I began the 5th day with high hopes. I dropped off of the ridge and into the thick evergreens before light in hopes of getting closer to the herd bull before he followed his cows to the bedding area. Unfortunately, he was quiet or had moved out of the area. As I was in the timber, Kurt spotted a 6x6 bull running around well above tree line and dropped into the timber a few hundred yards above me. I never ran into the elk and he never made a peep. While walking near the elk wallows that I had watched the prior day, there was a mountain lion track inside of my boot print, which created an eerie feeling. It looks like my dreams weren’t really that far off.. Like most evenings in the high country, we received a mountain storm. This one came on like a lion and I was caught filtering water out of an alpine lake. The marble sized hail hit like pellets on my skin. I had left my rain jacket along with some other gear on top of the ridge to save weight to gather more water. Once I got to my gear and headed towards camp, the lightning came in furiously. A flash of lightning hit so close above me that I immediately dropped to the ground. My next thoughts shifted to hoping that everyone else was safe. This was my second day hunting completely solo and my mind started to wonder. I knew Kurt was planning on heading up over the 12,000 ft ridge into a foreign basin, and I was hoping that he found cover. Against my best judgment, I hiked quickly through the brutal storm to our campsite high up on the ridge. I checked Kurt's tent with no sign of him. Then, I noticed some ruffling from my tipi. I opened the door only to find Kurt comfily lying next to my stove taking shelter from the storm. Luckily, he was glassing the ridge next to us when the storm hit and he took shelter. As the storm slowed, my Dad and Uncle Mike showed up back to camp. Temperatures dropped immensely after this storm, and led into one of the most brutal backcountry storms I had ever experienced at night. On the way up the trail, my Uncle Mike ran into another hunter who said there was going to be high winds and snow above 11,000 feet, and he was accurate. In the middle of the night the winds and hail hit so hard that the condensation on the inside of my tent rained on top of us and our gear. The wind ripped 3 of my stakes almost completely out of the ground and I was close to losing my shelter. We placed heavy rocks on all of the stakes and tightened the guide lines in the morning.
My Dad and I teamed up to hunt together and at the beginning of our last full day of hunting. With no elk responding to our calls, we split up for awhile and had a designated time and meeting location. As I dropped low into a steep valley, I heard the unmistakable sound of a bugle. This got my hopes up immediately, but I was worried that it could be another hunter since it was coming from the direction of a trail. Either way, I had nothing to lose at this point and needed to check it out. As I was covering distance back up the valley, I heard another bugle coming from another location. The two bulls were feeding off of each other, and allowed me to slip in. After a little over a mile of rushing in towards the first bull, I sent off a challenge bugle. The bull was even more fired up, but wasn’t coming any closer. I slipped into about 35 yards, when I saw the distinctive shape of a ball cap. I had been called in by a couple of hunters.. I walked in to meet the guys who had fooled me and talked to them for a few minutes. We laughed about the situation, and realized that there actually was a real bull there (the second bugle I had heard), but he had now slipped away from us. These two Washington guys were great to talk to, and have talked since on social media. We wished each other luck and moved on. After meeting up with my Dad, and eating some snacks, we went back down the mountain towards the bull that had bugled earlier. A spike bull jumped up out of his bed less than 15 yards from us, and took off over the hill. For the rest of the day, we hiked further and further in hopes of finding that one screaming bull, but to no avail. With this being our last night in the backcountry, we decided to build a fire and eat dinner together. Crawling into the tents that night, we were greeted by yet another storm.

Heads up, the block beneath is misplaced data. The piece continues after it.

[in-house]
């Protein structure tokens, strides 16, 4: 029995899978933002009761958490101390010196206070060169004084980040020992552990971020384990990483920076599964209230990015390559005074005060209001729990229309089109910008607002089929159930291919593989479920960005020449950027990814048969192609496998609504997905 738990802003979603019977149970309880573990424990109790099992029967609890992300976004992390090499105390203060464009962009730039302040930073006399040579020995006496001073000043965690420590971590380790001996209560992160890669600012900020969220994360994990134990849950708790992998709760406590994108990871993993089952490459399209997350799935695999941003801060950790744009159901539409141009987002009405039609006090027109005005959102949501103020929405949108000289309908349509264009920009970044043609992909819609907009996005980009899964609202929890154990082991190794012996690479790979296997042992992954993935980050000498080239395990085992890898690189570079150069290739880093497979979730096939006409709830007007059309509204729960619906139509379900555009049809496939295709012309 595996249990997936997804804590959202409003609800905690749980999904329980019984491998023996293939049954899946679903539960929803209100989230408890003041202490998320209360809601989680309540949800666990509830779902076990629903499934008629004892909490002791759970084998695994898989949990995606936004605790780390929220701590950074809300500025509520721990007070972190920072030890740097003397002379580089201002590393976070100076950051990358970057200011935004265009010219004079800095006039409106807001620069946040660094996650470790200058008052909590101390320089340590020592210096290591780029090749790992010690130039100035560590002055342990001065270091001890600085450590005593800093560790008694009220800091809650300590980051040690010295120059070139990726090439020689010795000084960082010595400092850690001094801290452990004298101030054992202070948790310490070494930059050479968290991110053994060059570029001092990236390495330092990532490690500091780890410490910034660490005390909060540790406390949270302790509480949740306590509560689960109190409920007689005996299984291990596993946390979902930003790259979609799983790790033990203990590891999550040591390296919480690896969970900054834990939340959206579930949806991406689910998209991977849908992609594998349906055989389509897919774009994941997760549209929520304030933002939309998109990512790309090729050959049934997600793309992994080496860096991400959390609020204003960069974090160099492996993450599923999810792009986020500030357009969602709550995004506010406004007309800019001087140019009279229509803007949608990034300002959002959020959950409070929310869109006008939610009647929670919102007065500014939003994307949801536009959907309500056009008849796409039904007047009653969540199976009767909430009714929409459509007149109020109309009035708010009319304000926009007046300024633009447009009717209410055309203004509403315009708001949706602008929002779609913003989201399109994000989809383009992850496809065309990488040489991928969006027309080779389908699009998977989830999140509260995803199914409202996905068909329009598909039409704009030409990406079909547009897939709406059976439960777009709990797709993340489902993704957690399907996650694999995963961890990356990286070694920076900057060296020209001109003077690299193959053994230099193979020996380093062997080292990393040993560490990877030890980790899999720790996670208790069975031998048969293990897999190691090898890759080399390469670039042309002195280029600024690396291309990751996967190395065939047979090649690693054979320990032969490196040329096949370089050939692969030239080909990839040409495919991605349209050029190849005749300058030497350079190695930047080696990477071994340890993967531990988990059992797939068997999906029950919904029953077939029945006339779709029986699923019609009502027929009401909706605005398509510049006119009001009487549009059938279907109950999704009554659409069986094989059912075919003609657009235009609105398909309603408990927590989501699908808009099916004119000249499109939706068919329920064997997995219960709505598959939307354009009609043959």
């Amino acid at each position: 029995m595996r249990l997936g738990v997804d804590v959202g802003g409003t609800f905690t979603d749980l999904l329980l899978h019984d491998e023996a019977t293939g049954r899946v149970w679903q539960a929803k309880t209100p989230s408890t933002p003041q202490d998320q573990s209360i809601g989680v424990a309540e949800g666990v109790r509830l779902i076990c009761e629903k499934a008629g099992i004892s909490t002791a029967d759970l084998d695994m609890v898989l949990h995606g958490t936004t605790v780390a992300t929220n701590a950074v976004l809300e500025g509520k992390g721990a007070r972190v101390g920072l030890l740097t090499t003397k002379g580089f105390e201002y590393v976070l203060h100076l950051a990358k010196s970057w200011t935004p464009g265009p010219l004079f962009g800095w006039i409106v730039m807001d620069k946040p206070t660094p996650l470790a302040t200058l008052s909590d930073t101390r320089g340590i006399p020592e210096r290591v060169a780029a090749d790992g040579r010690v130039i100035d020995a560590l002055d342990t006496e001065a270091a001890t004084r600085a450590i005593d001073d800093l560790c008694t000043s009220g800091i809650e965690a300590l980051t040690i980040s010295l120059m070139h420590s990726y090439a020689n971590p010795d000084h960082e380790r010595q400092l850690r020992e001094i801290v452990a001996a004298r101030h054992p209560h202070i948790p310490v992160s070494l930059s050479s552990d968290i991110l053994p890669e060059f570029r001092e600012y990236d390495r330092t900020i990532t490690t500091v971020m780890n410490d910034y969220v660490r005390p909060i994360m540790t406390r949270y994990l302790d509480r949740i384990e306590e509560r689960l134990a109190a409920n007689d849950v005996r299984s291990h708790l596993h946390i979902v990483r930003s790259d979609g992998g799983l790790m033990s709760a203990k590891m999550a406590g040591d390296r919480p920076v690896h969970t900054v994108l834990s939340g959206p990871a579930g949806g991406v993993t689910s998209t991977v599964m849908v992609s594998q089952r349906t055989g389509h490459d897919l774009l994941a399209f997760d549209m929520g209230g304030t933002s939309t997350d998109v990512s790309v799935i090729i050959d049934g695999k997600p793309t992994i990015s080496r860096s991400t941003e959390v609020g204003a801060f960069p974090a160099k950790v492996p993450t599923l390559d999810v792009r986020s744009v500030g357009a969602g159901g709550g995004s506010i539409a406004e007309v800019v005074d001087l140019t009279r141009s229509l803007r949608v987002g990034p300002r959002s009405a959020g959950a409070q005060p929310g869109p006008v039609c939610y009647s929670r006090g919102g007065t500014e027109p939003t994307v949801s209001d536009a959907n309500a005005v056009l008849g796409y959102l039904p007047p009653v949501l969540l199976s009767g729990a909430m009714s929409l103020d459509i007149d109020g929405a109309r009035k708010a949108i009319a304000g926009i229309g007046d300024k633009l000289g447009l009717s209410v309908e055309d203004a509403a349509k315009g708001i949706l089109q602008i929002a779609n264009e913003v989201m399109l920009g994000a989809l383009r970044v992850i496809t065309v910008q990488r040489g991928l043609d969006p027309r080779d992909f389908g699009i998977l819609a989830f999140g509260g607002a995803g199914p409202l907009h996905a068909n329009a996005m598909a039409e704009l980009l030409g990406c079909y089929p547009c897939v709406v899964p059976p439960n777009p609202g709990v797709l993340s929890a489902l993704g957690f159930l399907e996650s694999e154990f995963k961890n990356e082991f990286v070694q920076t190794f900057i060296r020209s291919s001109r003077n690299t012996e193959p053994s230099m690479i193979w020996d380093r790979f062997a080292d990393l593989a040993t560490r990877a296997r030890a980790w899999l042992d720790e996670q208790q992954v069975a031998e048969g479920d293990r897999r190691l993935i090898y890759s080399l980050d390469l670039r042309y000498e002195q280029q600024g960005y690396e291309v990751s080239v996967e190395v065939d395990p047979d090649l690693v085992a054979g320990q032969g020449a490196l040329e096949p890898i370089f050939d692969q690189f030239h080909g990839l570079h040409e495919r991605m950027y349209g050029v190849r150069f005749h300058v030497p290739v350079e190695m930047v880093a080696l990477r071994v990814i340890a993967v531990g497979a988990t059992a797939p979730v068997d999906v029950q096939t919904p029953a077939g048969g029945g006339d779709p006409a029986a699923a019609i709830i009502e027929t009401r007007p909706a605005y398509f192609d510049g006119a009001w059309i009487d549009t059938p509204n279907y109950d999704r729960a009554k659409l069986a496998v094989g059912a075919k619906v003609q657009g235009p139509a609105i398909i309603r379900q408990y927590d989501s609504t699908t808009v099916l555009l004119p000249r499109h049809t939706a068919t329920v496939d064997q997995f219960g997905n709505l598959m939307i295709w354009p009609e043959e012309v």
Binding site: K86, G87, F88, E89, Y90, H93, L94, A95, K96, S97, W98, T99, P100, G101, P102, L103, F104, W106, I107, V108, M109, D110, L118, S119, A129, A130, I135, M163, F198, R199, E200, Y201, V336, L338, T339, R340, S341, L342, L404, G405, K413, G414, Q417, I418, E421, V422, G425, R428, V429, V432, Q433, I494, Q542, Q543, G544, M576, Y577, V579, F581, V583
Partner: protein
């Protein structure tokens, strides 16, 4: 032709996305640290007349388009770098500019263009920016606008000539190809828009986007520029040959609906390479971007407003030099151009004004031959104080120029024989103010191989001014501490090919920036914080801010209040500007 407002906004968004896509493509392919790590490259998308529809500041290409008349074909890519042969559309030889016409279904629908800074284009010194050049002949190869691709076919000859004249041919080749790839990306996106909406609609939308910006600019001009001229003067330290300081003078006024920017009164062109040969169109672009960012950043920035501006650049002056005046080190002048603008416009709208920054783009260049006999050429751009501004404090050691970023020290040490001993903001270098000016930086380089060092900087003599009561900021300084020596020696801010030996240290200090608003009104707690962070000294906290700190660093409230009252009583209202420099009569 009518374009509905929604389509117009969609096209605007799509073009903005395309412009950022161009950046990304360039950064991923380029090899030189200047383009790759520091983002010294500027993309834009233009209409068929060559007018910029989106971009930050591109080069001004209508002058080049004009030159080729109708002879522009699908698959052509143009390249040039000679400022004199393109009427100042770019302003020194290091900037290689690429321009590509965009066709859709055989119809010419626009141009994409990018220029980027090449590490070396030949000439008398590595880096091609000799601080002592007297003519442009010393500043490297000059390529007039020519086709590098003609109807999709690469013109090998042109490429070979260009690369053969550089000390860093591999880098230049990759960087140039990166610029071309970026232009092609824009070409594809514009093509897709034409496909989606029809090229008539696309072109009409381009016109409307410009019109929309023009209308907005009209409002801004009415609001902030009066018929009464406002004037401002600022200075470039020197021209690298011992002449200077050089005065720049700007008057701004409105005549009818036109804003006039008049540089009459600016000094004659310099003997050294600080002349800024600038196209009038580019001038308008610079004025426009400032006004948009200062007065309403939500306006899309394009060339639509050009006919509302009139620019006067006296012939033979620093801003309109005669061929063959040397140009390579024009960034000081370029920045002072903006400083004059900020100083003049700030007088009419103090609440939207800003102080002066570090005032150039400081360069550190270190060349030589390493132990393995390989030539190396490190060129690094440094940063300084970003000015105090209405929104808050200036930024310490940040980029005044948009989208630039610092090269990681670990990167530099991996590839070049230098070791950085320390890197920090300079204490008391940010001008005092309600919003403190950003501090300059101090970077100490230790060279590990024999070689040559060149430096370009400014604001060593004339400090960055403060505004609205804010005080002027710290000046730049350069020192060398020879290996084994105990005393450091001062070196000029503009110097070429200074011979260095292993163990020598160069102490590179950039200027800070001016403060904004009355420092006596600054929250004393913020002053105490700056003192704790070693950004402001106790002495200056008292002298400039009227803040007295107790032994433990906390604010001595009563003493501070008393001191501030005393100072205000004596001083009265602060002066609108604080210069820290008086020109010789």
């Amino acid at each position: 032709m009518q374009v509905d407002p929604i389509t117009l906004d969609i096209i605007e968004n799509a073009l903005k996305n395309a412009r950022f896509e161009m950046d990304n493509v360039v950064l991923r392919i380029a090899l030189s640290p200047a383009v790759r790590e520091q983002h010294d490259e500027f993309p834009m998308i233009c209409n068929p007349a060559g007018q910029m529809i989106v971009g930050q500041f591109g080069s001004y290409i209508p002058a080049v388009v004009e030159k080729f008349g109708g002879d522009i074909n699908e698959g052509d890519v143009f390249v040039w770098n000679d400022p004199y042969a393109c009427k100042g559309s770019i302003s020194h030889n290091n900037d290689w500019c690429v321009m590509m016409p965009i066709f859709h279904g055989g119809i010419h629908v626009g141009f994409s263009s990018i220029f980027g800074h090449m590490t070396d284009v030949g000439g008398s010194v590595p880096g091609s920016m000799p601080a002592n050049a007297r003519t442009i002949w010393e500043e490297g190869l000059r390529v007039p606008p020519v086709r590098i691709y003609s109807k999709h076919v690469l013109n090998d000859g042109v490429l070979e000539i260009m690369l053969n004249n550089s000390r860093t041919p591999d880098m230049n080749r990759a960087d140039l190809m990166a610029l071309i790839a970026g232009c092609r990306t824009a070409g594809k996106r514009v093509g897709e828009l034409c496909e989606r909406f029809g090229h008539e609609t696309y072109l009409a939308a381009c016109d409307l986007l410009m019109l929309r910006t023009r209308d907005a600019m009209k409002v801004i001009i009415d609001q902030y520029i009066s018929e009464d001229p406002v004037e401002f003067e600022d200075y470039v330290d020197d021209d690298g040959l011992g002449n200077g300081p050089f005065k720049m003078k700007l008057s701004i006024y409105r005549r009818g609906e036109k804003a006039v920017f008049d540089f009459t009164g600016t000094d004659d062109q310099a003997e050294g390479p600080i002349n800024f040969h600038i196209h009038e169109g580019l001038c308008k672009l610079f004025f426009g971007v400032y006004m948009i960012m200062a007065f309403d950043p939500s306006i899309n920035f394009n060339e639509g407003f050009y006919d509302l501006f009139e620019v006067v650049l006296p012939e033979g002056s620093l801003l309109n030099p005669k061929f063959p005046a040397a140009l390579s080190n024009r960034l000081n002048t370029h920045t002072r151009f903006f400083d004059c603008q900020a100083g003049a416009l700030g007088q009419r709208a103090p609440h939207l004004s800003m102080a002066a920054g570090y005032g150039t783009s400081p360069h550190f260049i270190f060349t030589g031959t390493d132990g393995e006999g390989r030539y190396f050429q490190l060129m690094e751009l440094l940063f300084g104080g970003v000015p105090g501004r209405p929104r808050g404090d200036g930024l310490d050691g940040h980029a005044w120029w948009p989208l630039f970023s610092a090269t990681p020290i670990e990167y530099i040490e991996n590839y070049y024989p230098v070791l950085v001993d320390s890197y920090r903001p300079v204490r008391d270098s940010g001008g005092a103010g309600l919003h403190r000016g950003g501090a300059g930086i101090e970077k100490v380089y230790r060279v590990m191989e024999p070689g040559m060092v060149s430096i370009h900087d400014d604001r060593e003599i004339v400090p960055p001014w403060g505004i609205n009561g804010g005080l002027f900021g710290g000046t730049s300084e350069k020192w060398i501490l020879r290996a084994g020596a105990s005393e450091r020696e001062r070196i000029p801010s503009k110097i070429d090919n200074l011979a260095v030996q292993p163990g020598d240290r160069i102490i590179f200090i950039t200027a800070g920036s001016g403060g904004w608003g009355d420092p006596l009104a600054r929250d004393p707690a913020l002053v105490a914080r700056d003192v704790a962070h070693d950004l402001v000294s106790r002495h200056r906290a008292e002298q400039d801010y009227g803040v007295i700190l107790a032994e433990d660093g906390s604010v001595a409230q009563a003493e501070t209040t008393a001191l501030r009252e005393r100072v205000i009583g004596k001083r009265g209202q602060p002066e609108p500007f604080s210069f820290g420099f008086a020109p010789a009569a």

This storm left a blanket of snow covering the red rock landscape creating one of the most picturesque days you could ask for. Without hesitation, we hiked up the ridge with plans on going over the 12,000 ft ridge and attempting to locate elk in the opposing basins. When we neared the top, we stopped for a snack and to enjoy some coffee. After the quick break, we went over the windy ridge in search of elk, but more importantly for the experience. I feel a need to see what’s over the next ridge when I’m in wild places, and it’s always worth the extra mile. Afterwards, we headed back to camp to pack up and head back towards the truck to meet the other guys. Once we met up with the other guys and headed into town, the stories and the beer started flowing. We each ate our own 18” greasy, mouth watering pizza and walked back to the hotel room to rest up for the long drive home in the morning.
Spending 7 days hunting in the backcountry is extremely physically demanding, but even tougher mentally. When you are by yourself, with no one around, you find out who you really are. Although it can be difficult to keep a positive attitude when you are physically wore out, hunting conditions aren’t what was expected, high hunting pressure and relentless weather; you need to keep positive thoughts in your head and push on until the end. You are only truly satisfied when you come off the mountain, knowing that you left everything you had up there. This is my second time going West in hopes of bringing home elk meat for the year, and not filling my tag. In my mind, we pushed extremely hard, didn’t give up and had a great time doing it. That is how I measure success. Either way, it gives me even more reasoning to do it again next year!